What is Nitrogen metabolism?
Nitrogen metabolism is the synthesis, utilization or uptake, breakdown, and excretion of nitrogenous compounds in the body. The nitrogen metabolism encompasses nitrogen fixation, biosynthesis, and the breakdown of amino acids, purines, and pyrimidine. Since nitrogen-containing compounds are required for various life processes, nitrogen is an important element of life.
Importance of nitrogen metabolism
Nitrogen is found in proteins, enzymes, amino acids, alkaloids, vitamins, and several growth hormones in living cells. Nitrogen is important for plants as it aids in their growth and development. Nitrogen metabolism mostly focuses on the removal of excess nitrogen from the body when the amino acids are broken down to provide energy.
The main processes involved in the nitrogen metabolism
The nitrogen metabolic pathway involves both anabolic and catabolic processes.
An anabolic process is a series of metabolic pathways that generate molecules from simpler components. These reactions are endergonic processes. There are three phases of anabolism. This metabolic pathway produces precursors such as monosaccharides, amino acids, nucleotides, and isoprenoids at the first phase. In the second phase, energy from ATP hydrolysis is used to activate these precursors. From these precursors, complex molecules such as polysaccharides, proteins, nucleic acids, and lipids are synthesized in the third phase.
The anabolic processes involved in the nitrogen metabolic pathway are:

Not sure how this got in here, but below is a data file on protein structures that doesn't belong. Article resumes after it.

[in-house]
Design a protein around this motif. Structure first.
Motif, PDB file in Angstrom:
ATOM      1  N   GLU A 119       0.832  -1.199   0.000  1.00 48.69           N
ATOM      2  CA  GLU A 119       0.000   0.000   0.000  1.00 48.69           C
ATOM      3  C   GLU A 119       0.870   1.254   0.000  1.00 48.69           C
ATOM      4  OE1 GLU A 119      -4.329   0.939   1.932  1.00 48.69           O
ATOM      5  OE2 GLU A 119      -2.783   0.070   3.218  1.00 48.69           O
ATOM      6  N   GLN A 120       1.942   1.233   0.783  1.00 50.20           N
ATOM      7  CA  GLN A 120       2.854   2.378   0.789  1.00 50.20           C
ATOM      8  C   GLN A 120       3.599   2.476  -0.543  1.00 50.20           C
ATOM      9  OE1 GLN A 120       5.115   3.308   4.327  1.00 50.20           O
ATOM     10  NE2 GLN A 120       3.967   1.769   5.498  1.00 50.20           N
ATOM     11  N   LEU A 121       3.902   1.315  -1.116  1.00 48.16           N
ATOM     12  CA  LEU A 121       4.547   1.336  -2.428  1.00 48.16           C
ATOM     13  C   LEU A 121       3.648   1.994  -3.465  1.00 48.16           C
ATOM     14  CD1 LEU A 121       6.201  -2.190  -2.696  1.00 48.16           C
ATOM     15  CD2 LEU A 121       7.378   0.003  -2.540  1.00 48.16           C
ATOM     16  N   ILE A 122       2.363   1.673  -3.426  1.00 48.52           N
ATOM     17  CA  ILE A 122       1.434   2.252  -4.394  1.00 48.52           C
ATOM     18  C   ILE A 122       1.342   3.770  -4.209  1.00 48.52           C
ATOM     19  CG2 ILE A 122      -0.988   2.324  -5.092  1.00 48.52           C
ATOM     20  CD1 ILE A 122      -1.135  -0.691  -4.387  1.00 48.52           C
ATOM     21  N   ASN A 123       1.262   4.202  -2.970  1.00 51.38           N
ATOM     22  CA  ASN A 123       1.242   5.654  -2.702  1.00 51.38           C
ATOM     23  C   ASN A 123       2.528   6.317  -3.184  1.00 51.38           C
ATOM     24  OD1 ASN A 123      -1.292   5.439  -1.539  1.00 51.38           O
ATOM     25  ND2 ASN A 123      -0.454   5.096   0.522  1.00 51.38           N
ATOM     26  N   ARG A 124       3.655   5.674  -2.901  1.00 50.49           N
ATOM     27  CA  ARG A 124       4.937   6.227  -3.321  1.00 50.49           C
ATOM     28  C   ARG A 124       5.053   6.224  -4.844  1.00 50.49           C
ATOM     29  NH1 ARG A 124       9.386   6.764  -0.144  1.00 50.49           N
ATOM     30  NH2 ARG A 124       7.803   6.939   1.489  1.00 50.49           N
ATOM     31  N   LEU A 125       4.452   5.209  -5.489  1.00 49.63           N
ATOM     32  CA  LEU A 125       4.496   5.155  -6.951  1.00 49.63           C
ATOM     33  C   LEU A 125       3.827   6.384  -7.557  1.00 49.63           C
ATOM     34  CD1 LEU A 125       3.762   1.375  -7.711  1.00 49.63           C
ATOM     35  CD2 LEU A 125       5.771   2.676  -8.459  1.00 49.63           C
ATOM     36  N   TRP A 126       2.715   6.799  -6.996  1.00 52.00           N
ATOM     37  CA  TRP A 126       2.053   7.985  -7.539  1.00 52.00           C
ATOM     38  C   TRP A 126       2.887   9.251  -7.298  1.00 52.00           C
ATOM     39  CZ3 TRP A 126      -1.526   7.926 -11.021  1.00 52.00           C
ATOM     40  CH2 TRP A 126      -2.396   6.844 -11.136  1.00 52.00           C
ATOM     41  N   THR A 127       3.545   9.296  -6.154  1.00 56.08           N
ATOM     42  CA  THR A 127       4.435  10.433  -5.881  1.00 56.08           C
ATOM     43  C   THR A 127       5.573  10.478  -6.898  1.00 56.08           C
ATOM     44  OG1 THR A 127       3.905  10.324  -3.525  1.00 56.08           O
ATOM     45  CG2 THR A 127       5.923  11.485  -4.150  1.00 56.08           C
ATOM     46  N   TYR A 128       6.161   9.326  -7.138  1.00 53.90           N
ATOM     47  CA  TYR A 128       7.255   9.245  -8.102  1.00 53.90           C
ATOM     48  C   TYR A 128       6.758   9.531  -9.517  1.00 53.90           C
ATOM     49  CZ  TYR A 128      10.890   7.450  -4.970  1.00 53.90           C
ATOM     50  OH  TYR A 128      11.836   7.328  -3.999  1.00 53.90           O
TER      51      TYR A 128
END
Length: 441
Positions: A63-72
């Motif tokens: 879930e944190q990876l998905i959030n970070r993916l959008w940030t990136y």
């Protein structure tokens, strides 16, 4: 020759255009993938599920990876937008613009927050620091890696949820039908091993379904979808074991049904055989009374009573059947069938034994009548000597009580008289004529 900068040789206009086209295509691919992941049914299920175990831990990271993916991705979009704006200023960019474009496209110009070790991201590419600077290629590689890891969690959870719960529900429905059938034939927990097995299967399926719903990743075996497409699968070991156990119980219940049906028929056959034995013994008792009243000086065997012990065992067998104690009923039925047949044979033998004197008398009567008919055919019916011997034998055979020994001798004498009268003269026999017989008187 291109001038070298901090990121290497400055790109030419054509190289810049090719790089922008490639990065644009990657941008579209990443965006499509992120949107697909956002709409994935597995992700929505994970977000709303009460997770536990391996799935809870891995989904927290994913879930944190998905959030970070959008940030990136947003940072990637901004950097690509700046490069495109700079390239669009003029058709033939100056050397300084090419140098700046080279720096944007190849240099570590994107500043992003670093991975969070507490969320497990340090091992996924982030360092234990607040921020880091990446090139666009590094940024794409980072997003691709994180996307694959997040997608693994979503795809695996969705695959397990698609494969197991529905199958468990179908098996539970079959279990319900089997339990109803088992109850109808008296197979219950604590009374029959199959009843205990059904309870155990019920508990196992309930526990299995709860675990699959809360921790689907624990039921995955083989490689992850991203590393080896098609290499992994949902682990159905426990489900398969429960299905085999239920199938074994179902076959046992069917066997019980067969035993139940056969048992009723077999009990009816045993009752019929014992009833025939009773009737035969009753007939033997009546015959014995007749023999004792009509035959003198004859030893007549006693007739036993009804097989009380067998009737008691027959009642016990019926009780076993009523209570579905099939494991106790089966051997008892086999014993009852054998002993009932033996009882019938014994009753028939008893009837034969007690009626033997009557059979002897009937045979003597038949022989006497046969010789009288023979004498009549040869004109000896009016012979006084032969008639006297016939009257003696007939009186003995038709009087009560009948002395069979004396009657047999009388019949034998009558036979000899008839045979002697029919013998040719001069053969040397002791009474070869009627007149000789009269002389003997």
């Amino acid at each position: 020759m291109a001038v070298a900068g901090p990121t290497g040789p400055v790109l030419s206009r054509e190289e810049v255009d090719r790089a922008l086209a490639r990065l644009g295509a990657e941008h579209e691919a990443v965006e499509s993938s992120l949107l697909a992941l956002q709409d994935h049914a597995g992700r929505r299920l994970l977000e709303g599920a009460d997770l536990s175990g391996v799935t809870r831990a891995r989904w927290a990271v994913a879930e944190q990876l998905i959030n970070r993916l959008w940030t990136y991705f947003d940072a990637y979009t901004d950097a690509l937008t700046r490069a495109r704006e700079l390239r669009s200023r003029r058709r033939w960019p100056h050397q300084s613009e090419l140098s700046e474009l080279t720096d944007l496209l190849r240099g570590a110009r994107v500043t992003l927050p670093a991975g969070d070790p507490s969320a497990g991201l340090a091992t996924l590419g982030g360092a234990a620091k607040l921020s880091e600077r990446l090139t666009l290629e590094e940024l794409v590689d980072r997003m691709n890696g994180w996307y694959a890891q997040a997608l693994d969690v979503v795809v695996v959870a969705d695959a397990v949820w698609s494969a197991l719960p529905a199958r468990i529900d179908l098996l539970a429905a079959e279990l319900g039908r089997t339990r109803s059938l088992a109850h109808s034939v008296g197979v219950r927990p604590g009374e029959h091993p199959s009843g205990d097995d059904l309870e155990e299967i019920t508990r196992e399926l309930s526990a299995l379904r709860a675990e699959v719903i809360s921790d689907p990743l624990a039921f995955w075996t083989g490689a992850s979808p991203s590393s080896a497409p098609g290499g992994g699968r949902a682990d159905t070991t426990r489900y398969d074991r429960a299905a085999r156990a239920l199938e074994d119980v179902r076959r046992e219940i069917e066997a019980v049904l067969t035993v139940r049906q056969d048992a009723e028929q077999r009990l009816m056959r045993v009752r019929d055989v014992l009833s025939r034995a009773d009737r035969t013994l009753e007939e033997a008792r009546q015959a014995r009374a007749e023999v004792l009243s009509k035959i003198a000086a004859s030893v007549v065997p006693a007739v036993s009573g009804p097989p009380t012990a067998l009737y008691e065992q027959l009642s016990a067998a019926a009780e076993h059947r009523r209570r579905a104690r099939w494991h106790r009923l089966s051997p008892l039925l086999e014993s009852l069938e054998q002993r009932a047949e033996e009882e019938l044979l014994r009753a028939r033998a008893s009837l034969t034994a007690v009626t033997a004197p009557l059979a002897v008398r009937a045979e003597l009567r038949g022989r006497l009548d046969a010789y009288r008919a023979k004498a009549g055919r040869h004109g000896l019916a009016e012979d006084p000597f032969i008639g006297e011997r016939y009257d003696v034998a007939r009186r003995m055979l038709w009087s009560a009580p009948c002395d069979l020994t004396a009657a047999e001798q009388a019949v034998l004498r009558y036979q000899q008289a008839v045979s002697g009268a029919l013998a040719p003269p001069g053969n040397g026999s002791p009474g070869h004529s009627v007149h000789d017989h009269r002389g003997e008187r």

- Nitrogen fixation.
- Protein synthesis.
- Synthesis of amino acids.
Catabolism is the process of breaking down molecules into smaller units that are then oxidized for energy or uptake in other metabolic pathways. Larger molecules like polysaccharides, nucleic acids, lipids, and proteins are broken down into monosaccharides, nucleotides, fatty acids, and amino acids during catabolism.
The catabolic processes involved in the nitrogen metabolic pathway are:
- Proteolysis and breakdown of amino acids.
In the environment, nitrogen is available in many different forms for the plant system, including nitrate, ammonia, organic nitrogen, and molecular nitrogen. The nitrogen cycle is defined as the constant interconversion of various forms of nitrogen from atmospheric nitrogen and vice versa through physical and biological processes to sustain life. Although air contains 78 percent nitrogen, most organisms are unable to use this nitrogen. Nitrogen fixation, nitrogen assimilation, ammonification, nitrification, denitrification, and sedimentation are some of the processes in the nitrogen cycle.
During the nitrogen fixation process, the nitrogen from the atmosphere is transformed into a form that plants may absorb through their root systems. Nitrogen fixation is divided into two categories: biological and non-biological nitrogen fixation.
Biological nitrogen fixation is the conversion of a small portion of gaseous nitrogen into a physiologically acceptable nitrogenous substance (NH3) by microorganisms such as bacteria and others. This process involves two types of organisms, symbiotic and non-symbiotic nitrogen fixers. Some bacteria that live symbiotically in the leguminous root nodules can fix atmospheric nitrogen and makes it available to the plants in a process known as symbiotic nitrogen fixation (Rhizobium spp.). In non-symbiotic nitrogen fixation, some free-living bacteria convert nitrogen from the air into ammonia by forming a nitrogenase enzyme complex (Azotobacter, Clostridium).